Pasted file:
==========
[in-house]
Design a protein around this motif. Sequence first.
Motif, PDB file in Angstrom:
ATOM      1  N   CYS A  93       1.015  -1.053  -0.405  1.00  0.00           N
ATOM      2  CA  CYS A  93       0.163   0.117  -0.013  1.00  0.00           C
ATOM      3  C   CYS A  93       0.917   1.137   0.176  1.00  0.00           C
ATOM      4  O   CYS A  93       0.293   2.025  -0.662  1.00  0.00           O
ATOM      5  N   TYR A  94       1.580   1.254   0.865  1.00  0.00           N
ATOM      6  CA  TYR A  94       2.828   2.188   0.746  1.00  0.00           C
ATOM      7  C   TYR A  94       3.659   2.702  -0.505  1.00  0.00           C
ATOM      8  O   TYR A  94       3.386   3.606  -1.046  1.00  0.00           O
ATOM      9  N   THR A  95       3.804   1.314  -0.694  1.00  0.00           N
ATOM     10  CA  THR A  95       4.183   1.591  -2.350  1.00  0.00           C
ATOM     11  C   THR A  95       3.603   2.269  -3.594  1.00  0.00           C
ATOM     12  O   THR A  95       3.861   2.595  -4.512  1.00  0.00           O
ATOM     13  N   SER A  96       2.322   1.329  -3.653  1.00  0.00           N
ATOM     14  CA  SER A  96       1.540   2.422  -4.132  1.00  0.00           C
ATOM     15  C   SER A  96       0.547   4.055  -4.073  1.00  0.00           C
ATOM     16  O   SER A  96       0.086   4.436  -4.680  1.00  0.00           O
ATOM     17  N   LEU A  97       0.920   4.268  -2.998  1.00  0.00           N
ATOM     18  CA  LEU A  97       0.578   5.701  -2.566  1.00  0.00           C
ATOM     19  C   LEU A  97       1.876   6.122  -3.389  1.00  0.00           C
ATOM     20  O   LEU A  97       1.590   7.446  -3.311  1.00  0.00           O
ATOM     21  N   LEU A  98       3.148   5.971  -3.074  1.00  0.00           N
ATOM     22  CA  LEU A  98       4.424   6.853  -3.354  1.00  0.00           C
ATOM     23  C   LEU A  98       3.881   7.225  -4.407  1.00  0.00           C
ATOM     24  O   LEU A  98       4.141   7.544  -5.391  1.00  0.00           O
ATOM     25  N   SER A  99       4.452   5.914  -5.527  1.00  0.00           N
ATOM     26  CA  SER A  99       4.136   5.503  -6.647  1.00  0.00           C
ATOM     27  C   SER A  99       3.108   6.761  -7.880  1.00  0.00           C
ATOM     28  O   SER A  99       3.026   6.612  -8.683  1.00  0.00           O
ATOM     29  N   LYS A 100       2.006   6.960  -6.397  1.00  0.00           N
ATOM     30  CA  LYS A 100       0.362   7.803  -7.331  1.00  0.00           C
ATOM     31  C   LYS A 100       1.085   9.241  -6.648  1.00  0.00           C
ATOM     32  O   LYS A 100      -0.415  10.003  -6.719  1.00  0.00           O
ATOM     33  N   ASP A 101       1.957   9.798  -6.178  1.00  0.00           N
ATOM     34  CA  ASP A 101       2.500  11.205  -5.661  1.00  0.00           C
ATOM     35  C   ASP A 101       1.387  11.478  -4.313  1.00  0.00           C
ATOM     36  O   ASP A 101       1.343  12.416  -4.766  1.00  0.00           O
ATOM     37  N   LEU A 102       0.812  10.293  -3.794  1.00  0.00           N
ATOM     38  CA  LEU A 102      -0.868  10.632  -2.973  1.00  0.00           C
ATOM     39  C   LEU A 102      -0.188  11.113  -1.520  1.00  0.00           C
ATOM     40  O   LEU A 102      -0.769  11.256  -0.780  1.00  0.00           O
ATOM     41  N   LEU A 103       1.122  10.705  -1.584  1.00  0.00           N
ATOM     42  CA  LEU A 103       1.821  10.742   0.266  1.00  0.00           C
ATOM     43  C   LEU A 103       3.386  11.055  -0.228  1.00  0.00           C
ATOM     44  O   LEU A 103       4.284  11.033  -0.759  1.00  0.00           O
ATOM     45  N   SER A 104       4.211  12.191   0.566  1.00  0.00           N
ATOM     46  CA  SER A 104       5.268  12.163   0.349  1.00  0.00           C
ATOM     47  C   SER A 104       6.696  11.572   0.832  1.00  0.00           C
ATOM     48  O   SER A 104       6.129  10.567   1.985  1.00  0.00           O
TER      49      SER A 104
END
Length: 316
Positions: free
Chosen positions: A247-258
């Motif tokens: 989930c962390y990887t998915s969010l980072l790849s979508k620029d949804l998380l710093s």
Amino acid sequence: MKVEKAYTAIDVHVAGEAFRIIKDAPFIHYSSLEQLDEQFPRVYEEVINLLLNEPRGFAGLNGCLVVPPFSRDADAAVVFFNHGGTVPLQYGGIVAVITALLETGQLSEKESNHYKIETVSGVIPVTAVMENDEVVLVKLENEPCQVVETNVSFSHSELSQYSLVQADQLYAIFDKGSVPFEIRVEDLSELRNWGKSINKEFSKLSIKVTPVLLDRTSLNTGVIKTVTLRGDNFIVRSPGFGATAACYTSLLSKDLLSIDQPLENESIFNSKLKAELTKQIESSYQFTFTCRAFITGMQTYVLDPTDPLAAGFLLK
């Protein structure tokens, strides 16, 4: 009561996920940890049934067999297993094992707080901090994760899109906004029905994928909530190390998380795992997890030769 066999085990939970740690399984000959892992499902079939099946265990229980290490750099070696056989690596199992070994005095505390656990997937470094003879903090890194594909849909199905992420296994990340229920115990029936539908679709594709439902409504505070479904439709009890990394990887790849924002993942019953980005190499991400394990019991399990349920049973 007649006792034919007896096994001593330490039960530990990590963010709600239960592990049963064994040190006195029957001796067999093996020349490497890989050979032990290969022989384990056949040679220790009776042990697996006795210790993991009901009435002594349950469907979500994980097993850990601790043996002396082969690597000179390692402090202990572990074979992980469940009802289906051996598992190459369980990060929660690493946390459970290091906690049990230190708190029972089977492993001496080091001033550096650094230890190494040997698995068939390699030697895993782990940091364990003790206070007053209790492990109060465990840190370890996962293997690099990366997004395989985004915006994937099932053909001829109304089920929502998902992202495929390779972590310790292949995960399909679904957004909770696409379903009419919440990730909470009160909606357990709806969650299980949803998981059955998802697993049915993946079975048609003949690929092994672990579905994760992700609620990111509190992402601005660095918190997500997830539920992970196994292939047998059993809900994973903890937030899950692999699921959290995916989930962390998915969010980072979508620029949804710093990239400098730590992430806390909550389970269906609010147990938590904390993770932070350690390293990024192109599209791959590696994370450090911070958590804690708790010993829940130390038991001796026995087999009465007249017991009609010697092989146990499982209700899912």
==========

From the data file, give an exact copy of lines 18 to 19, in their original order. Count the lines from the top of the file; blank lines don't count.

ATOM     15  C   SER A  96       0.547   4.055  -4.073  1.00  0.00           C
ATOM     16  O   SER A  96       0.086   4.436  -4.680  1.00  0.00           O